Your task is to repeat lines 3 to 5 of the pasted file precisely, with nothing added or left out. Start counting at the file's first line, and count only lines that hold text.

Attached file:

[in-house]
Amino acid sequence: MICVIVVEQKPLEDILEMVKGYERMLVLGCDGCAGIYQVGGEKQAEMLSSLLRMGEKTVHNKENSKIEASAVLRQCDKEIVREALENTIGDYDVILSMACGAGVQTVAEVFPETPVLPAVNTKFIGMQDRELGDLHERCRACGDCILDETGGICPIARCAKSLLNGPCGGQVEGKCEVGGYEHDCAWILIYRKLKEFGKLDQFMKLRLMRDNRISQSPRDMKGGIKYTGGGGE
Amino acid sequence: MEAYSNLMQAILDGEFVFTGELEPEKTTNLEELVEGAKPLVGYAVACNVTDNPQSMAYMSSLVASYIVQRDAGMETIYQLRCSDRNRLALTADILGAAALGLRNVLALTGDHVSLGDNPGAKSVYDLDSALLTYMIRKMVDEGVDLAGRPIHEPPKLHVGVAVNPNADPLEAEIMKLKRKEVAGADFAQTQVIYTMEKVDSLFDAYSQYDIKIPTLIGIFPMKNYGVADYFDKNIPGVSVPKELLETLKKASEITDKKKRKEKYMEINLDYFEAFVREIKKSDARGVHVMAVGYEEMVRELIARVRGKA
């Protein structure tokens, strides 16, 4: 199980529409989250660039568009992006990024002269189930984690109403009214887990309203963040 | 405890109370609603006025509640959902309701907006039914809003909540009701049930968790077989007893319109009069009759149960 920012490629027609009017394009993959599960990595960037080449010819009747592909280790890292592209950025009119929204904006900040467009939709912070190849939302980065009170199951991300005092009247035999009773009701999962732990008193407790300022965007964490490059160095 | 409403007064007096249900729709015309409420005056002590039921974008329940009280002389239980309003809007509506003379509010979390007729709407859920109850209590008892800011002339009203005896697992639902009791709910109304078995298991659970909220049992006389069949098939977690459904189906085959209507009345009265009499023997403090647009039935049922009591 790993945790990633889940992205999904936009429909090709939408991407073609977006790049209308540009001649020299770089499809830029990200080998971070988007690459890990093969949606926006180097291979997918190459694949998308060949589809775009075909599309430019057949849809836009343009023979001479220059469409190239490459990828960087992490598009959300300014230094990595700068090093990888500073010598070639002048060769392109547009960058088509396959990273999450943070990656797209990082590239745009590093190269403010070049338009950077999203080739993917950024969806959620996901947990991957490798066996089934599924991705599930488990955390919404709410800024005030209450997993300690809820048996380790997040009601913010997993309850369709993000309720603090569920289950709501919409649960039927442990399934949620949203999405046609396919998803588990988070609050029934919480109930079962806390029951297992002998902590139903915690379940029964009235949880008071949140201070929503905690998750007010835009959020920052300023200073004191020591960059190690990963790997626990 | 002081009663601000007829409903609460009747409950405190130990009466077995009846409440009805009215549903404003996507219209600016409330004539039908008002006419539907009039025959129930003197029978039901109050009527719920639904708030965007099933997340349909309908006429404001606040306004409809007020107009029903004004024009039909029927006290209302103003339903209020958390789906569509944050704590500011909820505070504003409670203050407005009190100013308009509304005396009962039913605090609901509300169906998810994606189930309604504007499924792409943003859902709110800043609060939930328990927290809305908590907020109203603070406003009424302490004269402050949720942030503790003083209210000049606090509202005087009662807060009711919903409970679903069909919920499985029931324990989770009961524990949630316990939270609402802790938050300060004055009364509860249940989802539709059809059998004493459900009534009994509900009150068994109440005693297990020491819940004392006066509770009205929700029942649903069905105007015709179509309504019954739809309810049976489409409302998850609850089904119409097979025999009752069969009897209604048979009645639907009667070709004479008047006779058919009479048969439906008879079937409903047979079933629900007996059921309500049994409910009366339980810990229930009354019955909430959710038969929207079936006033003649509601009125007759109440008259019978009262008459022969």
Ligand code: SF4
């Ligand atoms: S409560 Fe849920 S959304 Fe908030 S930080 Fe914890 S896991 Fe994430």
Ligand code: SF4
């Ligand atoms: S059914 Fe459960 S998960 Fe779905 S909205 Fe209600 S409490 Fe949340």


Amino acid sequence: MEAYSNLMQAILDGEFVFTGELEPEKTTNLEELVEGAKPLVGYAVACNVTDNPQSMAYMSSLVASYIVQRDAGMETIYQLRCSDRNRLALTADILGAAALGLRNVLALTGDHVSLGDNPGAKSVYDLDSALLTYMIRKMVDEGVDLAGRPIHEPPKLHVGVAVNPNADPLEAEIMKLKRKEVAGADFAQTQVIYTMEKVDSLFDAYSQYDIKIPTLIGIFPMKNYGVADYFDKNIPGVSVPKELLETLKKASEITDKKKRKEKYMEINLDYFEAFVREIKKSDARGVHVMAVGYEEMVRELIARVRGKA
């Protein structure tokens, strides 16, 4: 199980529409989250660039568009992006990024002269189930984690109403009214887990309203963040 | 405890109370609603006025509640959902309701907006039914809003909540009701049930968790077989007893319109009069009759149960 920012490629027609009017394009993959599960990595960037080449010819009747592909280790890292592209950025009119929204904006900040467009939709912070190849939302980065009170199951991300005092009247035999009773009701999962732990008193407790300022965007964490490059160095 | 409403007064007096249900729709015309409420005056002590039921974008329940009280002389239980309003809007509506003379509010979390007729709407859920109850209590008892800011002339009203005896697992639902009791709910109304078995298991659970909220049992006389069949098939977690459904189906085959209507009345009265009499023997403090647009039935049922009591 790993945790990633889940992205999904936009429909090709939408991407073609977006790049209308540009001649020299770089499809830029990200080998971070988007690459890990093969949606926006180097291979997918190459694949998308060949589809775009075909599309430019057949849809836009343009023979001479220059469409190239490459990828960087992490598009959300300014230094990595700068090093990888500073010598070639002048060769392109547009960058088509396959990273999450943070990656797209990082590239745009590093190269403010070049338009950077999203080739993917950024969806959620996901947990991957490798066996089934599924991705599930488990955390919404709410800024005030209450997993300690809820048996380790997040009601913010997993309850369709993000309720603090569920289950709501919409649960039927442990399934949620949203999405046609396919998803588990988070609050029934919480109930079962806390029951297992002998902590139903915690379940029964009235949880008071949140201070929503905690998750007010835009959020920052300023200073004191020591960059190690990963790997626990 | 002081009663601000007829409903609460009747409950405190130990009466077995009846409440009805009215549903404003996507219209600016409330004539039908008002006419539907009039025959129930003197029978039901109050009527719920639904708030965007099933997340349909309908006429404001606040306004409809007020107009029903004004024009039909029927006290209302103003339903209020958390789906569509944050704590500011909820505070504003409670203050407005009190100013308009509304005396009962039913605090609901509300169906998810994606189930309604504007499924792409943003859902709110800043609060939930328990927290809305908590907020109203603070406003009424302490004269402050949720942030503790003083209210000049606090509202005087009662807060009711919903409970679903069909919920499985029931324990989770009961524990949630316990939270609402802790938050300060004055009364509860249940989802539709059809059998004493459900009534009994509900009150068994109440005693297990020491819940004392006066509770009205929700029942649903069905105007015709179509309504019954739809309810049976489409409302998850609850089904119409097979025999009752069969009897209604048979009645639907009667070709004479008047006779058919009479048969439906008879079937409903047979079933629900007996059921309500049994409910009366339980810990229930009354019955909430959710038969929207079936006033003649509601009125007759109440008259019978009262008459022969």
Ligand code: SF4